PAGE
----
Beauty & Brains in Branding & Web

User Experience in Web Design

blog_01_300x120Enterprises and organizations often conceptualize the requirements for new websites and applications in a vacuum. A small group of internal stakeholders, usually executives with limited technical expertise, will compile a feature wishlist that they think will satisfy their business goals. What is generally not considered during this process, is who the product’s users are and what the goals, motivations and pain points of these users will be as they interact with it. Managing accounts at HTC, I’ve seen this a few times. If not addressed, the final product can end up something like this:

user_experience_in_web_design

xkcd.com

This diagram illustrates the discrepancy that commonly occurs between business and user objectives during the web design process. The result is a website with low traffic or an application with poor usage.

To help close this distance and make products more usable, there are some practices that can be used throughout the research, planning and design phases of a project:

User Research

The first step to incorporating user considerations is simple: find some representative users and ask them what their considerations are.

During a recent e-commerce project for a camping equipment retailer, I created a comprehensive survey intended to quantify metrics such as camper age, group size, location preference, favorite activities and choice of equipment. The survey was posted to a forum for camping enthusiasts and received more than 80 responses; a significant sample size off which to base insights.

I also interviewed some of these campers to obtain a qualitative perspective. By listening to users, I captured real-world situations, motivations and pain points. Through these surveys and interviews, I was able to observe patterns, inspire insights, and compile significant user data that would inform later deliverables.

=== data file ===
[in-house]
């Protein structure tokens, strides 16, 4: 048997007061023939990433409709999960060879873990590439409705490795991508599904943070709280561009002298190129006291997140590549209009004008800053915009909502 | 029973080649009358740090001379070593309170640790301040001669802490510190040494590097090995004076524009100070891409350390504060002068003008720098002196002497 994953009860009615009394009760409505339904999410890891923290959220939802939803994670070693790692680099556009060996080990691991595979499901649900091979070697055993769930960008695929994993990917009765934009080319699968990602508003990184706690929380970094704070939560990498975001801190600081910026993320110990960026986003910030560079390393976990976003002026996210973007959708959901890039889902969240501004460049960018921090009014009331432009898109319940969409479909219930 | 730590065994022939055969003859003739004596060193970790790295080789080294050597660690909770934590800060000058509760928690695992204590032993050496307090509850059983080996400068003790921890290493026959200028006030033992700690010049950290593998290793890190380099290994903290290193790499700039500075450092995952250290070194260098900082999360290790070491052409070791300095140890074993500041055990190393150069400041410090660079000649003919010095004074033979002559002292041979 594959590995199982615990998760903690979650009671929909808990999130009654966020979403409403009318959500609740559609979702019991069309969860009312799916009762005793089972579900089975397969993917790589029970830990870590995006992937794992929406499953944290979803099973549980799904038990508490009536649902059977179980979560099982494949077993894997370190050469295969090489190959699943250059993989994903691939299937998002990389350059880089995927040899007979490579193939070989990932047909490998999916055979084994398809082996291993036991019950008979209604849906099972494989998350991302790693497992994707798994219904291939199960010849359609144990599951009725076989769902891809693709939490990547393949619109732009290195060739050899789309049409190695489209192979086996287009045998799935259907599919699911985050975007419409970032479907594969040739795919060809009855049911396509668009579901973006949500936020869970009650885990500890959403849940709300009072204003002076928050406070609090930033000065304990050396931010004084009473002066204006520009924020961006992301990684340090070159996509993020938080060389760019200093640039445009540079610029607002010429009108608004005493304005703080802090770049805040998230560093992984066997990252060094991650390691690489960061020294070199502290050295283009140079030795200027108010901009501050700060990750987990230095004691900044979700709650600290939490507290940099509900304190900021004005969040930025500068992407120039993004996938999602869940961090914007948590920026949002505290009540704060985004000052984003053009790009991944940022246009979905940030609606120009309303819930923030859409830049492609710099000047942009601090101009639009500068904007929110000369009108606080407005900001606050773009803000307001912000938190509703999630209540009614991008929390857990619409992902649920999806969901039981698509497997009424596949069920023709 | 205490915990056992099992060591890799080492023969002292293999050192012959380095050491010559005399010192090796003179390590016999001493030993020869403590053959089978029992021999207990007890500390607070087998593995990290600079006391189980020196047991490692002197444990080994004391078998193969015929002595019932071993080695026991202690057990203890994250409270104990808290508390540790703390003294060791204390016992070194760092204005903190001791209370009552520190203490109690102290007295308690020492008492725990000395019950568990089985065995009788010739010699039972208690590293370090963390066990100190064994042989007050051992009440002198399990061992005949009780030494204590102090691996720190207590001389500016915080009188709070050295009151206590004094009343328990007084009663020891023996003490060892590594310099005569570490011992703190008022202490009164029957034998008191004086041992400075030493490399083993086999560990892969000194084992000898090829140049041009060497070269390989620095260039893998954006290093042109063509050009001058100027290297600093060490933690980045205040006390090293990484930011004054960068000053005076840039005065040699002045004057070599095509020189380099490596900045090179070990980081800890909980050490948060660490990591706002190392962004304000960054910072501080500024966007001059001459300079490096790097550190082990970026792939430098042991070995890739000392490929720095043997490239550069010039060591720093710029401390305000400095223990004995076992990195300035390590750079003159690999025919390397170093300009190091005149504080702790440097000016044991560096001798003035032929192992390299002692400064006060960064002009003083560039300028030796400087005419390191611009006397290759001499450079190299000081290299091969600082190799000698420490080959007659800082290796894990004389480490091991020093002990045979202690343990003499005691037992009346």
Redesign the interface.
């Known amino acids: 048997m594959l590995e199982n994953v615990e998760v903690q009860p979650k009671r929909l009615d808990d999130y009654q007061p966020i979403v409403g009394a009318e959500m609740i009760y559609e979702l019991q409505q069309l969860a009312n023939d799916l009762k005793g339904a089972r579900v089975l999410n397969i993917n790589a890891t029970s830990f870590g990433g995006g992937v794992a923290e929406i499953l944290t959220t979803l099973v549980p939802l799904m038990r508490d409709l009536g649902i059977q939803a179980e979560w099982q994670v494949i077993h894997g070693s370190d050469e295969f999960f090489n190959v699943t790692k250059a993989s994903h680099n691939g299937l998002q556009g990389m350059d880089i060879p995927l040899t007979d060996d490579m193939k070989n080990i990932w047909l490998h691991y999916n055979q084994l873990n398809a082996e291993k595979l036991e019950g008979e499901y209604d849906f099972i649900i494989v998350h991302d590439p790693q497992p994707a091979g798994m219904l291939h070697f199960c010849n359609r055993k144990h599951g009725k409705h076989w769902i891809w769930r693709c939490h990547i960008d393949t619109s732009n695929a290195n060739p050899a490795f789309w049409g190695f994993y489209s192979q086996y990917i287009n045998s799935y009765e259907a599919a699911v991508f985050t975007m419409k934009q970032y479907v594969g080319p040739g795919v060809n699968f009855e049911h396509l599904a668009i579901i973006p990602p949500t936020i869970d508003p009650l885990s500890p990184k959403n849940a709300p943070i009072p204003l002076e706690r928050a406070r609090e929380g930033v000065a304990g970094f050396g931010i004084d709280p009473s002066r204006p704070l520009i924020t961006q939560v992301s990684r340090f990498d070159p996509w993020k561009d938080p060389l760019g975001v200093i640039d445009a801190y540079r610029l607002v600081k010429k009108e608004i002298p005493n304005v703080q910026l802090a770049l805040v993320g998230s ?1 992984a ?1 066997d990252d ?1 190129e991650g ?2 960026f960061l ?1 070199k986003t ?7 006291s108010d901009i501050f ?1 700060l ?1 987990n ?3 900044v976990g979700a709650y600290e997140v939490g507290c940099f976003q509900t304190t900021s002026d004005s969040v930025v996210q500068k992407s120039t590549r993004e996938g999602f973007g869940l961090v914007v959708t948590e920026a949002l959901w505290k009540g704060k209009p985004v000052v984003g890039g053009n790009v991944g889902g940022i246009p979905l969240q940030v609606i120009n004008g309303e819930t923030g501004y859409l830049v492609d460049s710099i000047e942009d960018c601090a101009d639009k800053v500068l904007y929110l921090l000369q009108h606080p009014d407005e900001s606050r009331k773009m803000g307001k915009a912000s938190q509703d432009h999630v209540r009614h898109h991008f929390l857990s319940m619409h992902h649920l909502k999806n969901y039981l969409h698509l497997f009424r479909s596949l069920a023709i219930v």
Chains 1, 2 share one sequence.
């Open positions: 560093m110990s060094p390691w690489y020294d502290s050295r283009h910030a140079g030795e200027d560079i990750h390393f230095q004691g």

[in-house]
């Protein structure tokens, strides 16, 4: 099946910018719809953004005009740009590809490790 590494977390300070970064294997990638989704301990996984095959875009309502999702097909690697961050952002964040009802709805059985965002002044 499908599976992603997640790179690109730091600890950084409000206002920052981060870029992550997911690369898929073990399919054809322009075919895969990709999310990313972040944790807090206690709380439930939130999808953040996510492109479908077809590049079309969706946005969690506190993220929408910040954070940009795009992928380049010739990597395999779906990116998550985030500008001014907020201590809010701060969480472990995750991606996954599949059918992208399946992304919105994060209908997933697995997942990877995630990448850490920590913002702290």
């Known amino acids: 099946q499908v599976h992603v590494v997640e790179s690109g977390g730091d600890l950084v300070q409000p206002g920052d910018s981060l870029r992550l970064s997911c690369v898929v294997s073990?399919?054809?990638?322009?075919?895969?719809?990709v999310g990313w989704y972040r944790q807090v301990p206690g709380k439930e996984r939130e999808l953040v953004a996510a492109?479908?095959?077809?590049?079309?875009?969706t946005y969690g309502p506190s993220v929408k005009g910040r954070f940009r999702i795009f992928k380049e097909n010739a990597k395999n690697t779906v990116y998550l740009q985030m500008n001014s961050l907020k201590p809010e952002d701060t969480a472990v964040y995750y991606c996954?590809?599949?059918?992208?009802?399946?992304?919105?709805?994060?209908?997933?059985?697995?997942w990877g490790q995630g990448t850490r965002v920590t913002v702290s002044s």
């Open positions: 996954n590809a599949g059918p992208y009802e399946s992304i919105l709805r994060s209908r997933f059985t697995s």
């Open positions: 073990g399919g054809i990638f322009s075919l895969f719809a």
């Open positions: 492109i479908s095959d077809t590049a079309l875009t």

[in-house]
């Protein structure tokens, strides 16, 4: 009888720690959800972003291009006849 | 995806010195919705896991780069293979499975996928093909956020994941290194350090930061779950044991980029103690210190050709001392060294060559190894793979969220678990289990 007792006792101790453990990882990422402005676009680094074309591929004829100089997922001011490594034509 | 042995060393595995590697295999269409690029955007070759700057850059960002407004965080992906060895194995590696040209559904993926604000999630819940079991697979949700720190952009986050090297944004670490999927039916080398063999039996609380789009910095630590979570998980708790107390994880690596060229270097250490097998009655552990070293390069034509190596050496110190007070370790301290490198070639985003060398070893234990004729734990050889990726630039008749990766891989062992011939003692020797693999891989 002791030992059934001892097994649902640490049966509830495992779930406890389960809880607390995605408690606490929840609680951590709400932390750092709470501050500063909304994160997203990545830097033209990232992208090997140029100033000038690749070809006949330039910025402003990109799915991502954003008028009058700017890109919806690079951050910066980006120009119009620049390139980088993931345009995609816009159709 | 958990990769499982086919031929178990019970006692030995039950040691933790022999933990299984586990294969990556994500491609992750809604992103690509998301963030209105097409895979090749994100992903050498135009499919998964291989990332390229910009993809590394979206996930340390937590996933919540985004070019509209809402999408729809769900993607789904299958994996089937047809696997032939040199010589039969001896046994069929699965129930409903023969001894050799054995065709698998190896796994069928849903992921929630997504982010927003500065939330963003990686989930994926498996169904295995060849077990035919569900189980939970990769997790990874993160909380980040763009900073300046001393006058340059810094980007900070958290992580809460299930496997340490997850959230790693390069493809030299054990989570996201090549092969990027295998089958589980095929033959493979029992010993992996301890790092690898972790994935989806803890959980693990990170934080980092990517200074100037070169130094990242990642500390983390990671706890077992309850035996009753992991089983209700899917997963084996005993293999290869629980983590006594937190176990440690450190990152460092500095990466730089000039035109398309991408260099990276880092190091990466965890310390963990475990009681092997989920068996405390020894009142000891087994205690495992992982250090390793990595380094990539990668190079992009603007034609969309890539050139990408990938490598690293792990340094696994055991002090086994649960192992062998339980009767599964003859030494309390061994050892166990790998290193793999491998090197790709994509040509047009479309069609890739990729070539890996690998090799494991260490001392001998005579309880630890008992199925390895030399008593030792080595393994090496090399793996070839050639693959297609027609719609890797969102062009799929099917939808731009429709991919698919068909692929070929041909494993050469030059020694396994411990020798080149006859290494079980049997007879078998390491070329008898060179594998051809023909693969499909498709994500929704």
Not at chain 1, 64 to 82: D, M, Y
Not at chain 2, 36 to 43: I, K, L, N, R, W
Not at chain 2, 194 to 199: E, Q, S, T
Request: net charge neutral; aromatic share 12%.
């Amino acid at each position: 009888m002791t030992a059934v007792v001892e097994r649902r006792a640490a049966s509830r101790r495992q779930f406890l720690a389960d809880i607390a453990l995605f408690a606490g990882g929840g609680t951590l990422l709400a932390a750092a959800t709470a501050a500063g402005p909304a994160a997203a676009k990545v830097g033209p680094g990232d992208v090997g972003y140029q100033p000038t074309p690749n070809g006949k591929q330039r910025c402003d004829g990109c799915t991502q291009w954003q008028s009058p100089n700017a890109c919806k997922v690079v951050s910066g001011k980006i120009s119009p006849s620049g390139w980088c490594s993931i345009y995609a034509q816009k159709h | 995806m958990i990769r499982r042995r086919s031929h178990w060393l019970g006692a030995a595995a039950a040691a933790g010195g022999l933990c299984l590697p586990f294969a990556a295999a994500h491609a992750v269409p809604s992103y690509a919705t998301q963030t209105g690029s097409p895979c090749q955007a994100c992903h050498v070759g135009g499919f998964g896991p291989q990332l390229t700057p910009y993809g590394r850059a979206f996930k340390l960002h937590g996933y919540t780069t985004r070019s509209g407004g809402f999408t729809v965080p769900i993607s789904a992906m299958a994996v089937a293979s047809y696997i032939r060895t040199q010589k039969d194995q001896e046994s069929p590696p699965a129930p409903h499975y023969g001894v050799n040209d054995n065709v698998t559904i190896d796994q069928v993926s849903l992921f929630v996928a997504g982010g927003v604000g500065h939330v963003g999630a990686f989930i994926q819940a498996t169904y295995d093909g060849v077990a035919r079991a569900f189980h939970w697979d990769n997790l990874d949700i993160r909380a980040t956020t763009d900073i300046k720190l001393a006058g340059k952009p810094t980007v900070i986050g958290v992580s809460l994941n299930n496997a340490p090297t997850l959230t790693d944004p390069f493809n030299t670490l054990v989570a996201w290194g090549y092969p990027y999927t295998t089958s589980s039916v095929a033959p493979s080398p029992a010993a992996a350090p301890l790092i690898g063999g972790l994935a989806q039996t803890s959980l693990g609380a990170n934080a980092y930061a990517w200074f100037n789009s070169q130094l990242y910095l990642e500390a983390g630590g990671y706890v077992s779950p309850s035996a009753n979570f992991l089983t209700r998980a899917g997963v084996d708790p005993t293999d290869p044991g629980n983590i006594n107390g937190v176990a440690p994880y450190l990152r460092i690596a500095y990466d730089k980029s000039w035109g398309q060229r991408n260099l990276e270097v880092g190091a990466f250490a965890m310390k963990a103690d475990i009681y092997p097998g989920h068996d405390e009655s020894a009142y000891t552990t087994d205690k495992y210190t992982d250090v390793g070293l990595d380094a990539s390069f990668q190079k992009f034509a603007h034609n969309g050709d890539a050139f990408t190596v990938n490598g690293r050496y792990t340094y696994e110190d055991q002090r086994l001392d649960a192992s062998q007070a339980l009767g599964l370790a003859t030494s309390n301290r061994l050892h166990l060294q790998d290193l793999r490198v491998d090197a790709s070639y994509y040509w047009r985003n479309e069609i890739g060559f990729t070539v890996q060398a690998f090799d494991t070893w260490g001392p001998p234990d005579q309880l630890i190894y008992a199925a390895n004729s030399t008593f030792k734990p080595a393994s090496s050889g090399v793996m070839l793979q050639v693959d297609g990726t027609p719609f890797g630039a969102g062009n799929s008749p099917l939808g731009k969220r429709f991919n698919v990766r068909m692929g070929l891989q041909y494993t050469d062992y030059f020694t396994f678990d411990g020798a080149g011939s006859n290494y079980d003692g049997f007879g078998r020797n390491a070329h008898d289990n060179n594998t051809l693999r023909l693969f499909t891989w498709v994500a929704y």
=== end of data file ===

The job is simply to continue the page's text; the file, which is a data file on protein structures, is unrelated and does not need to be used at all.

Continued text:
Personas & User Scenarios

To keep the user centered throughout the planning & design phases, a good habit is to create composite personas and a list of example user scenarios that encapsulate your research. These will help you and other stakeholders build empathy for your users and establish a common understanding of their motivations and pain points as you move through development stages.

user_experience_design_personas

Scenarios are short use-case examples that help put you in your persona’s shoes. They help you understand the context that a user might be using your website or application in. For example, if you were developing an employee information portal, a scenario might be:

Chris is traveling to Seattle for work next week and wants to check on the amount he can be reimbursed for meals and other expenses.

By walking through this process as Chris, and analyzing the tasks he has to perform to accomplish his goal, stakeholders can gain a more authentic perspective on how the application is being used.

Sketching and Prototyping

As you move through the planning phase you make design assumptions based on the insights you glean from research. Simply pushing these designs through to development can be a costly mistake. Using sketching and prototyping tools, you should test and validate design decisions BEFORE committing them to development.

user_experience_design_prototype

To do this, I like to perform rapid prototyping using paper sketches or digital tools like Invision App. By getting the user involved early in prototype testing, you can pivot features and functionality with greater agility and less cost. The result is a more usable product and more streamlined development.

In upcoming blogs we’ll be going further into the UX process and examining how deliverables such as these help us create successful digital products that harmonize user goals with business objectives.

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About Lucas

Lucas is a native of Montreal and completed degrees in Film and Professional Writing at Concordia University. As our web and multimedia producer, he assists clients looking to develop new web initiatives and supports the success of our websites through the implementation of multimedia projects. Alongside his interest in creative work, Lucas also has a passion for technology, comics, and all things geek. He can be contacted at lucas[at]htc.ca